Moment #9: CTBUH Names One World Trade Center as North America’s Tallest Building
In what was unquestionably the biggest media moment in Council history, in 2013, Willis Tower lost a second title after having been displaced as the World’s Tallest Building in 1996, when CTBUH ruled that One World Trade Center, New York City, at 1,776 feet (541.3 meters) was the new tallest building in the United States and in North America. Recognizing that this would be a popular subject, dual press conferences were organized in New York City and Chicago, with then-CTBUH Chairman Timothy Johnson, Partner, NBBJ, taking the lead in the former and CTBUH CEO Antony Wood leading the latter.
At issue once again was how “height to architectural top” is defined by CTBUH. This time, the controversy was around the designation of the topmost structure above the roofline of the One World Trade Center building. While Willis Tower’s twin antennae had for decades been established as “functional-technical equipment,” so that taking the highest extent of its roof at 442.1 meters as the “architectural height” determined its ranking; a question over the status of One World Trade Center’s spire had emerged. Due to design changes that resulted in the removal of the radio dome (radome), a fiberglass-and-steel cladding around the mast at the top of the structure, it became unclear whether the structure was in fact a “spire” – a vertical element that completes the architectural expression of the building and is intended as permanent, or whether it was an “antenna” – a piece of functional-technical equipment that was subject to change. The spire-antenna distinction makes a difference in the measurement of “height to architectural top,” which includes spires but does not include antennae, signage, flag poles or other functional-technical equipment. Determining the topmost structure to be “functional-technical” potentially could have significantly impacted One World Trade Center’s ranking against other buildings, as the next obvious point to take a measurement of “architectural top” would have been the building’s parapet, at 1,368 feet (417 meters) – 408 feet (124.36 meters) lower than claimed.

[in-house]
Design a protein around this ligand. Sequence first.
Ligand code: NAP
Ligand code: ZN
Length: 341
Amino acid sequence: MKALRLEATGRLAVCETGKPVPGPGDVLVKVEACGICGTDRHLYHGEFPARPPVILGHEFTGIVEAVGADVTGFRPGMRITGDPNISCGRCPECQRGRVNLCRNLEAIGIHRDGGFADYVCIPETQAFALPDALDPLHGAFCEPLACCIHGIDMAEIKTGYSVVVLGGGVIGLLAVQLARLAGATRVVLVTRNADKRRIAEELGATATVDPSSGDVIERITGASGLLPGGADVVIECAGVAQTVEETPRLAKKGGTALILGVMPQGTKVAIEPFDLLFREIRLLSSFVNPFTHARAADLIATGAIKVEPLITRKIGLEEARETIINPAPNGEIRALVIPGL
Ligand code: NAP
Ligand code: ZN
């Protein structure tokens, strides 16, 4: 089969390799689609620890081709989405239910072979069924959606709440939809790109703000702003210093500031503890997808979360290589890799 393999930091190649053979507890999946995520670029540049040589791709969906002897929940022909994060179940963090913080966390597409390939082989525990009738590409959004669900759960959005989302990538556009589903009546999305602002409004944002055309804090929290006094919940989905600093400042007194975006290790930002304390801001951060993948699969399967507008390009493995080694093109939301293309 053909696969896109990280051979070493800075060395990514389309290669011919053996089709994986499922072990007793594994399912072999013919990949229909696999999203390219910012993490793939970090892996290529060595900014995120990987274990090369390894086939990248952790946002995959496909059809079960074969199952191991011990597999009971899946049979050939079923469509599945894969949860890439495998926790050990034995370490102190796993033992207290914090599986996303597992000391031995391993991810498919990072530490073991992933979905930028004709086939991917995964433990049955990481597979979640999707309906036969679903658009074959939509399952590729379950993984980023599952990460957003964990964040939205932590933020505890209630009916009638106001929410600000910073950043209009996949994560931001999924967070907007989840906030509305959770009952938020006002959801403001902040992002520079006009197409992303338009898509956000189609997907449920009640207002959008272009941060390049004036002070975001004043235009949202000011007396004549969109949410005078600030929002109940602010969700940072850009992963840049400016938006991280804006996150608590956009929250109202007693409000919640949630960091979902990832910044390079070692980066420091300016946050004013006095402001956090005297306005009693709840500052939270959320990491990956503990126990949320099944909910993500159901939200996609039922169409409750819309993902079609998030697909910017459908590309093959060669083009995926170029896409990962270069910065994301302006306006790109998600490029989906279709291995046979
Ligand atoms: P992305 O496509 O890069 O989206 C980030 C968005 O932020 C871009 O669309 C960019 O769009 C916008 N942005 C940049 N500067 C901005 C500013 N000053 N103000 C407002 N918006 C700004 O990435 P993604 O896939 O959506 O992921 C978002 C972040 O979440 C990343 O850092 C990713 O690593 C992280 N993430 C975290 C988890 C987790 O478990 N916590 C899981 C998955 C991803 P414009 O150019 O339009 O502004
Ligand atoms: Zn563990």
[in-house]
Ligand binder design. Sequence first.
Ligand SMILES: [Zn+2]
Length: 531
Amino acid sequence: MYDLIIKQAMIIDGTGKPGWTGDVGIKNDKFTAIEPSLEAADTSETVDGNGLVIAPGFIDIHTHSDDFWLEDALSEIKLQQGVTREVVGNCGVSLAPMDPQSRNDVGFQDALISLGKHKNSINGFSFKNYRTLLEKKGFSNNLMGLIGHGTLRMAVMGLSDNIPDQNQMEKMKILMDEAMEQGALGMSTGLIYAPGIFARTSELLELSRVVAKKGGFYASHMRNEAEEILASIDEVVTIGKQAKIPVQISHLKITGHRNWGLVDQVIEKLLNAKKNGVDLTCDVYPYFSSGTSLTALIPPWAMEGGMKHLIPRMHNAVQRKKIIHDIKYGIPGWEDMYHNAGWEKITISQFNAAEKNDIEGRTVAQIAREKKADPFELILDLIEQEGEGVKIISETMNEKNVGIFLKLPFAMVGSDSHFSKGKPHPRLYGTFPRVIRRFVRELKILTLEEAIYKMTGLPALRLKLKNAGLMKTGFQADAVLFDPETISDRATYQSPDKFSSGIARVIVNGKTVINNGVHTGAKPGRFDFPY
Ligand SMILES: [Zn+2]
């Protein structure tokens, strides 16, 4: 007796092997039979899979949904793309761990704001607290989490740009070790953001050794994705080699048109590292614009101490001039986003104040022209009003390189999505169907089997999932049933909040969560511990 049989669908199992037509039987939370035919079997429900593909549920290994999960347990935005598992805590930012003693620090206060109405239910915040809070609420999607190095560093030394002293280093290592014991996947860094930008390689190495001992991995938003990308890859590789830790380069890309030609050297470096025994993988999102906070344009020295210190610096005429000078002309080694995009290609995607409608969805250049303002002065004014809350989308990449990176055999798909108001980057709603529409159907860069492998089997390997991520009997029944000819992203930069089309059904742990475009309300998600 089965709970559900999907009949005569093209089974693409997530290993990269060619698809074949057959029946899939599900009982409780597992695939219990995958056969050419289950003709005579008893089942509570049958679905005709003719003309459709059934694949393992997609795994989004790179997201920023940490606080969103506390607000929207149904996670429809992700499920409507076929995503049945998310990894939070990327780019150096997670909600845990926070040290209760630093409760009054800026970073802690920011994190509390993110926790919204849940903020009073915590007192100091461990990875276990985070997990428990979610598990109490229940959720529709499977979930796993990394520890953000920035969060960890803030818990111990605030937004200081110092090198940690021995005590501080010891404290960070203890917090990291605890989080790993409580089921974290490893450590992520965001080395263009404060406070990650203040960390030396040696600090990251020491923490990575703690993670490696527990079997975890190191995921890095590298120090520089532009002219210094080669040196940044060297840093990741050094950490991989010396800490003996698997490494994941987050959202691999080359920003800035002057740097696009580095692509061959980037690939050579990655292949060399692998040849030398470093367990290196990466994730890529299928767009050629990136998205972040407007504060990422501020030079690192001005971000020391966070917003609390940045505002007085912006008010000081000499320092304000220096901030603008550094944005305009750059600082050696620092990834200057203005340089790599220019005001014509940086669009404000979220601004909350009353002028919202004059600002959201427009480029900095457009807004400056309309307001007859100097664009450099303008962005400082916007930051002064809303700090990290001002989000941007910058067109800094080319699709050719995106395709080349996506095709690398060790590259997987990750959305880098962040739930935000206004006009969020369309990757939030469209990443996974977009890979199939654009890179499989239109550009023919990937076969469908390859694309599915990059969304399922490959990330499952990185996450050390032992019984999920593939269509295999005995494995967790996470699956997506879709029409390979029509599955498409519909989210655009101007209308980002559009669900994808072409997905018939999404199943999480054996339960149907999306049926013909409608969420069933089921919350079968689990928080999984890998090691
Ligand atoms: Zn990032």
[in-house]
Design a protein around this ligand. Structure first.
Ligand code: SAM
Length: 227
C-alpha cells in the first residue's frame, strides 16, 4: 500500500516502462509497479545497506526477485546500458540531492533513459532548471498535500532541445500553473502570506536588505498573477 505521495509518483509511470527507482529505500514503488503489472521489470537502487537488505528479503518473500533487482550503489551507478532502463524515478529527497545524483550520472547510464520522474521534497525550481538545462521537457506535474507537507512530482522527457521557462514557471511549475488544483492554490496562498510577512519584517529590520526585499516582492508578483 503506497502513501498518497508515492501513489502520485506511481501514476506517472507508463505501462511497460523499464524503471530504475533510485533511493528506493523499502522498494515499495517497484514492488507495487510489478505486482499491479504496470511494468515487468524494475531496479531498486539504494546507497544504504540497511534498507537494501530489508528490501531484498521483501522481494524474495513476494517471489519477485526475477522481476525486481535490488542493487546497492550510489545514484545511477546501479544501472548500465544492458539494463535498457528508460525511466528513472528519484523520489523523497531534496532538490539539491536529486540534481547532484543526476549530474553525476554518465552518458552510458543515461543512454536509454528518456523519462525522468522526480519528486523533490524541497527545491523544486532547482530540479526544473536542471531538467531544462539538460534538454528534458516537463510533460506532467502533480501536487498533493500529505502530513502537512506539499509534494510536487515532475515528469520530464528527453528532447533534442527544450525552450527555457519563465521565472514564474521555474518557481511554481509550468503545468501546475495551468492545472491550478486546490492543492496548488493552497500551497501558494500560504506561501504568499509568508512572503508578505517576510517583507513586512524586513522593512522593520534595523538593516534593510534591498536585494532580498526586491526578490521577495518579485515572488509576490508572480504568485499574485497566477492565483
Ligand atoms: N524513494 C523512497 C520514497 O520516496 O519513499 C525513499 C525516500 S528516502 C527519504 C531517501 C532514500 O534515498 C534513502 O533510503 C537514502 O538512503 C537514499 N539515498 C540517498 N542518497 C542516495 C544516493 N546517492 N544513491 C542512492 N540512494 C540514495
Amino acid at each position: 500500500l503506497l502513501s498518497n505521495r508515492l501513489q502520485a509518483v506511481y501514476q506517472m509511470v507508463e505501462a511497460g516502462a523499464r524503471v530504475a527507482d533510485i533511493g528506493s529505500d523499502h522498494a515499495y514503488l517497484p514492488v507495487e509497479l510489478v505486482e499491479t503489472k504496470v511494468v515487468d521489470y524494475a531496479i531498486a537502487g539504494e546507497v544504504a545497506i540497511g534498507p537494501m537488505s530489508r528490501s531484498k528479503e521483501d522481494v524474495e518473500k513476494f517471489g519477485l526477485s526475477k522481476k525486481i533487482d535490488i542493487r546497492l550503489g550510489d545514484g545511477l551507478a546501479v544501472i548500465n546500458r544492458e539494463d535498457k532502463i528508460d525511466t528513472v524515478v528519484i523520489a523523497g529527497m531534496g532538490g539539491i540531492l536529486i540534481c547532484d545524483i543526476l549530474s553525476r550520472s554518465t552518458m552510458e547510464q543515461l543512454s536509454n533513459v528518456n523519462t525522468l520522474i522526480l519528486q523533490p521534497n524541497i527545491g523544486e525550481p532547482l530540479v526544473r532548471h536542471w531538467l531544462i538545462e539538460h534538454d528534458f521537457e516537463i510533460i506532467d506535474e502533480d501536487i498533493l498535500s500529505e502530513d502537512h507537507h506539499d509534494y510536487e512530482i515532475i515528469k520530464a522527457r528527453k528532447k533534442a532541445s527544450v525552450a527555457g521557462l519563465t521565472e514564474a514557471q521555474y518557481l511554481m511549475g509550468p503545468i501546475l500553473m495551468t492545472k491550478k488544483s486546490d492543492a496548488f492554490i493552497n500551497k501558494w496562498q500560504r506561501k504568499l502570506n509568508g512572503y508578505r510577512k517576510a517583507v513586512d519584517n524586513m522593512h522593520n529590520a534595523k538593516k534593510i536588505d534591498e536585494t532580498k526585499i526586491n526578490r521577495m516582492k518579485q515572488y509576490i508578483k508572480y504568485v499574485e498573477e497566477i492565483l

The question was significant enough that the CTBUH Height Committee held a meeting in Chicago, at which the building’s architect, David Childs of Skidmore, Owings & Merrill, explained that the beacon at the top of the mast is comprised of a group of light-emitting diodes (LEDs) embedded in acrylic cylinders. Two reflectors revolve about the lights on a vertical axis, projecting the beams outwards as horizontal lines, reminiscent of a lighthouse. The height of the mast is also symbolically significant, in that it increases the total height of the building from the roof at 1,362 feet (415.1 meters) (the height of the original World Trade Center Tower 2) and from the top of its steel parapet at 1,368 feet (417 meters), the height of the original World Trade Center Tower 1). The ultimate height of 1,776 feet is intended to represent the year of the United States’ declaration of independence from Great Britain. This design intent reflected the building’s highly charged role as a national symbol, considering that the building replaced the twin towers demolished in the terrorist attacks of September 11, 2001.
“I feel completely satisfied that this building achieved what it set out to do,” Childs said. “Beginning in 2005, we used the Council’s rules and designed around them. It’s an important statement for all of us to make.” The Height Committee, convinced by Childs’ presentation, proceeded with ratifying the building.
When this was announced, the Council offices were flooded with media requests for weeks. In addition to all major outlets carrying the news and many on-camera interviews with local and national TV stations, again the CTBUH found itself being referenced on late-night television comedy shows. A heated back-and-forth on all things New York and Chicago (with pizza slowly replacing tall buildings as the critical issue) took place between Jon Stewart, host of The Daily Show and Chicago mayor Rahm Emmanuel.
The media moment lifted the profile of the Council, delivering the biggest spike in traffic to its website in history, driving seven times the typical level of daily visits and expanding its influence well beyond previous boundaries. And the name of the organization was on the tongues of newscasters and reporters in some new, unexpected locations, even when those tongues were stuck in cheeks. To be fair, the fictional parallel organization to CTBUH is not Monty Python’s Ministry of Silly Walks, as some commentators joked, but the same comedy troupe’s Society for Putting Things on Top of Other Things.